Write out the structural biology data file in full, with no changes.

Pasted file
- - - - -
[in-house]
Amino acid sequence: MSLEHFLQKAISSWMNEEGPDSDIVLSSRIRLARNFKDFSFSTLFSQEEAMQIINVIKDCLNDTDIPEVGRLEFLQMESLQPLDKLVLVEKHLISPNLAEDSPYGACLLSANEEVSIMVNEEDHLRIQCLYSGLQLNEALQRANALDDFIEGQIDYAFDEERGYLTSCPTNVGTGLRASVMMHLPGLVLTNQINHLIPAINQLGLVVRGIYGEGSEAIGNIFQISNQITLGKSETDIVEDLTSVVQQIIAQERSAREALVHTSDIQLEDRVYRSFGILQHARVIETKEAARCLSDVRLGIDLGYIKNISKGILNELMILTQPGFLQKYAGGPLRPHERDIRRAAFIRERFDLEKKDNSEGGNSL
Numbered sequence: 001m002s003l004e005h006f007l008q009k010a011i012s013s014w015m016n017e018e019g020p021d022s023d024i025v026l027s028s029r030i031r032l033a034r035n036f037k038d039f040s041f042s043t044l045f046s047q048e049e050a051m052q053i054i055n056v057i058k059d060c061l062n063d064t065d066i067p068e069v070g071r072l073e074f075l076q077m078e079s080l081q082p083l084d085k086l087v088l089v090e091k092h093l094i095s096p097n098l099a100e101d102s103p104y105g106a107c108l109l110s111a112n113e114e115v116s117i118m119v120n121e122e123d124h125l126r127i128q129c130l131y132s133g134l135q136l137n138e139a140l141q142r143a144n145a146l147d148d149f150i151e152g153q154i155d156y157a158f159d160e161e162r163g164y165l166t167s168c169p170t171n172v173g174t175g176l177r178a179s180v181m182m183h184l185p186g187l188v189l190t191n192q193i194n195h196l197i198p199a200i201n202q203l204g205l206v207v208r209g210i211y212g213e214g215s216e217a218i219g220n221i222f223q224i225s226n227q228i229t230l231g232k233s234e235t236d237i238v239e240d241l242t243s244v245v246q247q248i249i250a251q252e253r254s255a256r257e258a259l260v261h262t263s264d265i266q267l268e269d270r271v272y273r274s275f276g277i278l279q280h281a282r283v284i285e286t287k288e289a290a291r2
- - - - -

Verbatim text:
[in-house]
Amino acid sequence: MSLEHFLQKAISSWMNEEGPDSDIVLSSRIRLARNFKDFSFSTLFSQEEAMQIINVIKDCLNDTDIPEVGRLEFLQMESLQPLDKLVLVEKHLISPNLAEDSPYGACLLSANEEVSIMVNEEDHLRIQCLYSGLQLNEALQRANALDDFIEGQIDYAFDEERGYLTSCPTNVGTGLRASVMMHLPGLVLTNQINHLIPAINQLGLVVRGIYGEGSEAIGNIFQISNQITLGKSETDIVEDLTSVVQQIIAQERSAREALVHTSDIQLEDRVYRSFGILQHARVIETKEAARCLSDVRLGIDLGYIKNISKGILNELMILTQPGFLQKYAGGPLRPHERDIRRAAFIRERFDLEKKDNSEGGNSL
Numbered sequence: 001m002s003l004e005h006f007l008q009k010a011i012s013s014w015m016n017e018e019g020p021d022s023d024i025v026l027s028s029r030i031r032l033a034r035n036f037k038d039f040s041f042s043t044l045f046s047q048e049e050a051m052q053i054i055n056v057i058k059d060c061l062n063d064t065d066i067p068e069v070g071r072l073e074f075l076q077m078e079s080l081q082p083l084d085k086l087v088l089v090e091k092h093l094i095s096p097n098l099a100e101d102s103p104y105g106a107c108l109l110s111a112n113e114e115v116s117i118m119v120n121e122e123d124h125l126r127i128q129c130l131y132s133g134l135q136l137n138e139a140l141q142r143a144n145a146l147d148d149f150i151e152g153q154i155d156y157a158f159d160e161e162r163g164y165l166t167s168c169p170t171n172v173g174t175g176l177r178a179s180v181m182m183h184l185p186g187l188v189l190t191n192q193i194n195h196l197i198p199a200i201n202q203l204g205l206v207v208r209g210i211y212g213e214g215s216e217a218i219g220n221i222f223q224i225s226n227q228i229t230l231g232k233s234e235t236d237i238v239e240d241l242t243s244v245v246q247q248i249i250a251q252e253r254s255a256r257e258a259l260v261h262t263s264d265i266q267l268e269d270r271v272y273r274s275f276g277i278l279q280h281a282r283v284i285e286t287k288e289a290a291r2